It’s time to hop on the grain train. That was the overriding message from PX+ Festival last month.
The festival – which is produced by the hospitality industry, for the hospitality industry – is a three-day long celebration of food and drink, designed to offer the opportunity to celebrate, collaborate and drive change. The bakery was at the heart of this operation.
There were familiar UK faces in attendance, from British Baker’s Baker of the Year 2018Paul Rhodes to London’s E5 Bakehouse and Dusty Knuckle Bakery, as well as a host of international bakery players, such as Wing Mon Cheung from Ten Belles Bakery in Paris to Denmark’s organic grain farmer and flour miller Fintan Keenan.
It was in the bakery that they gathered to make (and break) bread, mill flour from freshly harvested grain and whip up all manner of sweet and savoury treats, from sticky cinnamon buns to buckwheat & plum cake, rich chocolate brownies and more sourdough than you can shake a stick at.
Many of these were made with non-white flours as the bakers looked to promote local grain networks and ancient grains, which bring both flavour and health benefits.
“Consumers might not care much about the slight variations in grain flavours, but they do care about moving away from white flours. These flours are the antithesis of that,” Dawn Woodward from Toronto-based Evelyn’s Crackers told British Baker at the festival. “They are a flavour component, whereas white flour is just a base for other flavours.”
She set out to prove this in the aptly named class ‘Grain as a flavour component’, during which attendees, including myself and Catherine Connor of Lovingly Artisan, helped make malted barley cookies and a buckwheat & almond torte. Honestly, I’m still not over how good that cake was.
We were encouraged to try the mixes as we went, resulting in sticky hands and big smiles as the rich, almost chocolately flavour from the barley came through, along with the toastiness of buckwheat.
Woodward also suggested mixing rye and corn together to create a “magical flavour combination”, which she demonstrated in the form of cookies.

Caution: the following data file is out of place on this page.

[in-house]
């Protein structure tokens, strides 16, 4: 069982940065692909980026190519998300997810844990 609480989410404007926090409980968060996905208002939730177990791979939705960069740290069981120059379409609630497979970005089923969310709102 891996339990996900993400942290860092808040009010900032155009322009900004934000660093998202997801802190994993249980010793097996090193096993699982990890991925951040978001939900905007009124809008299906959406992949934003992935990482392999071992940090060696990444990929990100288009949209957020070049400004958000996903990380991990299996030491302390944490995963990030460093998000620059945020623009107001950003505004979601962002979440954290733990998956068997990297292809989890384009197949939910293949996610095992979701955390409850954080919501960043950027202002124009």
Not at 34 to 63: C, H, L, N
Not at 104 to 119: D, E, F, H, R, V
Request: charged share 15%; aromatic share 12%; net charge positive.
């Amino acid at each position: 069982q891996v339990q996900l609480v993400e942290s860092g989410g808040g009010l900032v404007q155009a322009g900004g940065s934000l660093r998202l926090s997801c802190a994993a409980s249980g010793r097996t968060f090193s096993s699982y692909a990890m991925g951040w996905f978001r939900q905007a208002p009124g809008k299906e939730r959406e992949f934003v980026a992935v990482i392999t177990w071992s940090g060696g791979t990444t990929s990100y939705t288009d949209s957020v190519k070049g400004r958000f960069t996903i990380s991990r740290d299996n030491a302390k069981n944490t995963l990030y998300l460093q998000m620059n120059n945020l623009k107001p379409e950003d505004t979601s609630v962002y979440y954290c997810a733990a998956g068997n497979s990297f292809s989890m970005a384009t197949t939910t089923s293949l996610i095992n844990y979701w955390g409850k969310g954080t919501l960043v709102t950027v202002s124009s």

Freshly milled grains
Festival attendees were also offered the chance to get out in the fields and see the crops. Armed with scythes and sickles, after a demonstration, everyone got stuck in and had a go at hand-harvesting. We cut it and put it into sheaves ready to be taken back to the farm.
That’s when the fun really began. Threshing – beating the wheat from the wheat heads – is usually done by a machine (to be fair, the harvesting and bundling is usually done by a combine). We took handfuls of wheat and beat it over a steel drum in what was a noisy, but ultimately therapeutic activity… although pulling grains from your hair, bra and, basically, all areas of your body was less so.
Next was winnowing (separating the wheat from the chaff), which is done through the use of hot air provided by – in this case at least – a rather ingenious contraption involving some pipe and a hairdryer.
Then it was off to the mill in the bakery for the final step before the baking. Notably, the grain we had harvested was too wet, so was either mixed with other grains or used for porridge bread.
“Freshly milled flour is delicious. It’s like using freshly ground spices – the flavour is always better,” said Luke Duffy, baker at E5 Bakehouse.
‘We need to get over our aesthetic preconceptions’
However, using alternative flours can bring technical challenges to the party due to the natural variations in crop quality.
Nottingham’s Small Food Bakery uses YQ population wheat, grown by Wakelyns Agroforestry, which is the result of a long-term project on crop population breeding in which fields are rotated to optimise biodiversity. The wheat has a low protein content and a mild, indistinct flavour.
But rather than fight against it, Small Food Bakery owner Kimberley Bell believes industry and consumers need to challenge the aesthetic preconceptions of bread. She recalled eating beautiful-looking loaves that lacked flavour and not-so-pretty bread that was delicious.
“At the smaller end of bakery, we worry a little less about technical perfection. What’s really important is that the loaf is delicious,” said Bell.
Now that’s food for thought.